## Calculating Today's Cash Value of Your Note

It is well known that Seller Financing for homes and real estate is originated as an "alternative financing" medium when traditional Bank Financing is not available. There are a variety of reasons why a traditional mortgage loan is not available. It could be that the property is undesirable, the buyer/borrower's are unqualified for a whole host of reasons, or it could be that the neighborhood itself is not financeable. Hence, we must underwrite each file carefully to make sure that we are buying investment grade paper.

## 3 Redeeming Factors

For Seller Financed Mortgage Notes

Every single mortgage note or trust deed we purchase must have at 1 least of the following characteristics, otherwise it simply will not meet our investment criteria and will not receive an offer. It must have:

Each one of these redeeming factors is subject to our underwriting with our Investment Committee. If a Note deal has all 3 redeeming factors, then it will be considered an A+ investment grade mortgage receivable. If it has 2 then if would be considered a B, and if it has just 1 then it would be considered a C as an investment grade and will receive appropriate pricing. Of course, if there are no redeeming factors, then we view these contracts as glorified rental agreements that are not worthy of any cash purchase offer.

- Good Down Payment
- Good Seasoning NOTE: Must have at least 1 of these 3 factors.
- Good Credit

Each one of these redeeming factors is subject to our underwriting with our Investment Committee. If a Note deal has all 3 redeeming factors, then it will be considered an A+ investment grade mortgage receivable. If it has 2 then if would be considered a B, and if it has just 1 then it would be considered a C as an investment grade and will receive appropriate pricing. Of course, if there are no redeeming factors, then we view these contracts as glorified rental agreements that are not worthy of any cash purchase offer.

**FINANCIAL VARIABLES**When we calculate offers on income streams, we will be dealing with five financial variables. These are numbers that change depending on the calculation we are performing. The five income stream variables are: number of payments, interest rate (yield requirement), present value, payment amount, and future value. These five variables are represented by the letters N, I or I/YR, PV, PMT, and FV.

*– N represents the number of payment periods that are being used in the calculation. N is expressed as a whole number. For example, a monthly income stream paid over five years would have 60 payment periods (12 X 5). An annual income stream paid over 10 years would have 10 payment periods. N may also represent the number of payments a funding source wants to purchase. (The funding source may want to purchase*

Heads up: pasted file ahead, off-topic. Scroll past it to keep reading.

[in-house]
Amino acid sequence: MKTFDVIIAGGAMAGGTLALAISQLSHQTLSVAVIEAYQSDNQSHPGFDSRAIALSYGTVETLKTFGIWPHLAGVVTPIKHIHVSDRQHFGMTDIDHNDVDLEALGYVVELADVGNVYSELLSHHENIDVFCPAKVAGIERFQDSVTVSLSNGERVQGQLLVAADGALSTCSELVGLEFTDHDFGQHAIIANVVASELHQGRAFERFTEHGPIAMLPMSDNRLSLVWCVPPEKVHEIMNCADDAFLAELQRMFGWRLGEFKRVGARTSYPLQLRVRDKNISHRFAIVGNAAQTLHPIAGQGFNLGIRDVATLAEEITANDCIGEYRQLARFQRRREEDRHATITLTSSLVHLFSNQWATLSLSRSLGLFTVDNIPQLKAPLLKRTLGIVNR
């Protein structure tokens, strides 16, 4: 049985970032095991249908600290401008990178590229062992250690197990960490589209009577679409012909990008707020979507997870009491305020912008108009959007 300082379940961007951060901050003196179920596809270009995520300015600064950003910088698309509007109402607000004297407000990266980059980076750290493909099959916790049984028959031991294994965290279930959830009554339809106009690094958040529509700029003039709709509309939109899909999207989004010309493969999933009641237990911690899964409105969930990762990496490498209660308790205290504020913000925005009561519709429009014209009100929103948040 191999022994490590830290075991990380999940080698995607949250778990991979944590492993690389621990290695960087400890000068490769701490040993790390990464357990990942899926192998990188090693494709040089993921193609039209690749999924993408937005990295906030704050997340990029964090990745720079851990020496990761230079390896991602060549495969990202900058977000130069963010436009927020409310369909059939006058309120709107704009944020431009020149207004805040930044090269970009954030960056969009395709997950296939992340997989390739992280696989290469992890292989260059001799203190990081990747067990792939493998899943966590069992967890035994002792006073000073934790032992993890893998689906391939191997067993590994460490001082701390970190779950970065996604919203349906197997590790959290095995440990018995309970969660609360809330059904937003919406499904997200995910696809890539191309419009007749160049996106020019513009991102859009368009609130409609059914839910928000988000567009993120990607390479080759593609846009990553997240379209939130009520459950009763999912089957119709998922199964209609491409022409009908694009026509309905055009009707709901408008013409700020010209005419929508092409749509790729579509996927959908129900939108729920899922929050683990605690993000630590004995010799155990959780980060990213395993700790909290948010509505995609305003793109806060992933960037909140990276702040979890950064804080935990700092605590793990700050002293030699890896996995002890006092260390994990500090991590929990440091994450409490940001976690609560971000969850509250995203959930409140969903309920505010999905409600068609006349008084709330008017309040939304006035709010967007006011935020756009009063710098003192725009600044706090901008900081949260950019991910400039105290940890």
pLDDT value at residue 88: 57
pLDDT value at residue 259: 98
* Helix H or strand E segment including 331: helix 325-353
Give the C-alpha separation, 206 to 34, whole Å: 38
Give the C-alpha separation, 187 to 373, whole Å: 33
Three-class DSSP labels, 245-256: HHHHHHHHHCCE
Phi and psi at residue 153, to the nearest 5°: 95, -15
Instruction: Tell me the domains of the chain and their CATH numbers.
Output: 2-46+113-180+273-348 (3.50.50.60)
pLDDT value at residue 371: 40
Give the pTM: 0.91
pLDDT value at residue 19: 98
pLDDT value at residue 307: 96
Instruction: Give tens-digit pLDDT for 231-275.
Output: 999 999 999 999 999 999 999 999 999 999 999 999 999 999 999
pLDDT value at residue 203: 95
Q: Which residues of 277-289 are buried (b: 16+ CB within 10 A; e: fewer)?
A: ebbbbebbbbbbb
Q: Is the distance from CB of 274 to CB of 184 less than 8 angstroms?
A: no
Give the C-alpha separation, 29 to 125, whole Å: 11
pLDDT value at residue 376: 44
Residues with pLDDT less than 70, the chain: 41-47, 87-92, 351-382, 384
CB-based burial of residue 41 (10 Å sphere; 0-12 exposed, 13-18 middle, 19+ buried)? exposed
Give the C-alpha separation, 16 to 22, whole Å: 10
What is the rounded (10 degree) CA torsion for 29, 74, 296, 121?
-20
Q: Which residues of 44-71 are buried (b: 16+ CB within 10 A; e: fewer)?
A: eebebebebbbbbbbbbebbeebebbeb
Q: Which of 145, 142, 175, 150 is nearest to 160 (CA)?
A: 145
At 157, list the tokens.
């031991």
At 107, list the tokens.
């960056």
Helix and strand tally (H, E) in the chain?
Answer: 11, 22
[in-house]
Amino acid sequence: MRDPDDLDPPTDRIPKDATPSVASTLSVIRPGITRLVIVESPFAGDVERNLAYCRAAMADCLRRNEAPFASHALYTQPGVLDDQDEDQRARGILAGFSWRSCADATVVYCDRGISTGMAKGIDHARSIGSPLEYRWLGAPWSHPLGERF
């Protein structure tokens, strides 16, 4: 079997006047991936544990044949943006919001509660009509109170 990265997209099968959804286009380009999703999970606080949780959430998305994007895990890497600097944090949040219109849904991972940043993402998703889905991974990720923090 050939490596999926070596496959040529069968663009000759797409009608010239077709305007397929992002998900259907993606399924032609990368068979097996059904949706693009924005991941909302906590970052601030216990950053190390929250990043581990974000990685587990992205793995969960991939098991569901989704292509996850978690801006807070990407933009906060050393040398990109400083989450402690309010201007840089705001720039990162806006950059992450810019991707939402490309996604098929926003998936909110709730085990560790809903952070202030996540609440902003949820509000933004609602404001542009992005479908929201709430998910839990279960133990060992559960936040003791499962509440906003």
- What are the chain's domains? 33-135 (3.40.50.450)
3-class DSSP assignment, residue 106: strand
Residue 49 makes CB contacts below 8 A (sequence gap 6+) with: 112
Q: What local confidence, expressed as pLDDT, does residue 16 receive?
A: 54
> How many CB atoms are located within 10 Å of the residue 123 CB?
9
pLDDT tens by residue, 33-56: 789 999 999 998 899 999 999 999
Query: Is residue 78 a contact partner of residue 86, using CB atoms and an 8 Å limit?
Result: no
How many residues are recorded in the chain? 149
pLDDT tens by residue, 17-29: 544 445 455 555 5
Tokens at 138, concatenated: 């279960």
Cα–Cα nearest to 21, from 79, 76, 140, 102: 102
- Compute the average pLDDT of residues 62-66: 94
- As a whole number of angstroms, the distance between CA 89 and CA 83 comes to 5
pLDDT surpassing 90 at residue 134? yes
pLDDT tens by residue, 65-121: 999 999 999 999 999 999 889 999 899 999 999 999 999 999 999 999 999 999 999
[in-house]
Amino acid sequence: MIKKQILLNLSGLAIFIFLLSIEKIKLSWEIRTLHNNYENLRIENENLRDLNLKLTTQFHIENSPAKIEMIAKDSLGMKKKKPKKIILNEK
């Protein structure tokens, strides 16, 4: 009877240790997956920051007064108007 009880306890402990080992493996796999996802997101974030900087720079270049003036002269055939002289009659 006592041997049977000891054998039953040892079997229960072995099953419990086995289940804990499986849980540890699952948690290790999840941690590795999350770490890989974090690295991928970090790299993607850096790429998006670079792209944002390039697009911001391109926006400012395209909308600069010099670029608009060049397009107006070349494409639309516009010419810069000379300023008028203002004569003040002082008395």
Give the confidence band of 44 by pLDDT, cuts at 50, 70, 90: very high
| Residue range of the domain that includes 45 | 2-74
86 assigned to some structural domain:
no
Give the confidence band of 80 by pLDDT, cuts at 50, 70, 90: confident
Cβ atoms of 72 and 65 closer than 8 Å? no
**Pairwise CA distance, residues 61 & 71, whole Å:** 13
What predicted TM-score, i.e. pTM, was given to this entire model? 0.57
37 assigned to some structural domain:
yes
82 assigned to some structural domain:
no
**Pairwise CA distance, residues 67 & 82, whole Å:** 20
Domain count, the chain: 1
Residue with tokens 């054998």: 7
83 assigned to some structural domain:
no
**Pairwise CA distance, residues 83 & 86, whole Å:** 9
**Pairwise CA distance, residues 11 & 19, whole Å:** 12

**N***all*of the payments of an income stream or only

__some__of them.)

**I or I/YR**

*–*I represents the annualized interest rate on the income stream. I is expressed as a percentage. A payor might be

*paying*12 percent interest on a note. A funding source might be

*earning*12 percent interest by purchasing a note.

*PV –*PV represents the present value of an income stream. To a payor, PV is the principal balance of a note. To a funding source, PV is the amount the funding source is willing to pay today for an income stream it will receive in the future. PV is expressed in dollars. In cash flow problems, PV is always expressed as a negative number, because it represents cash being

*paid out*.

**PMT**–*PMT represents the amount of the periodic payment. PMT is expressed in dollars. If an income stream does not have regularly scheduled payments, but rather a lump sum payment (like a viatical settlement), PMT may be entered as zero. PMT is a positive number, because it represents cash*

*coming in*.

*FV represents the future value, or remaining balance on the income stream. In other words, it refers to the balloon amount. (Many notes have lump-sum balloon payments due at the end of the payment stream.) Future value is expressed in dollars. Future value is usually a positive number, because it represents cash*

**FV**–*coming in*. If a note is fully amortized, and no payment has come in yet, FV is zero.

*OTHER VARIABLES*The price an investor would offer, and the appraisal of a note are determined by, but not limited to, the original down payment, the terms of the note, clauses within or left out of the note, the buyer’s credit, the current market value of the real asset securing the note, the seasoning (which is the length of time the note has existed and the number of payments), the interest rate, how interest is compounded, the amortization schedule, the number and recency of delinquent payments, the LTV or Loan to Value Ratio, the payors DTI, or Debt to Income Ratio, the maturity date, whether or not there is a Balloon Payment, and local and regional market conditions…. ALL of which are risk factors that determine the current market value of a note. Basically, the qualities of a note, determine today’s cash value.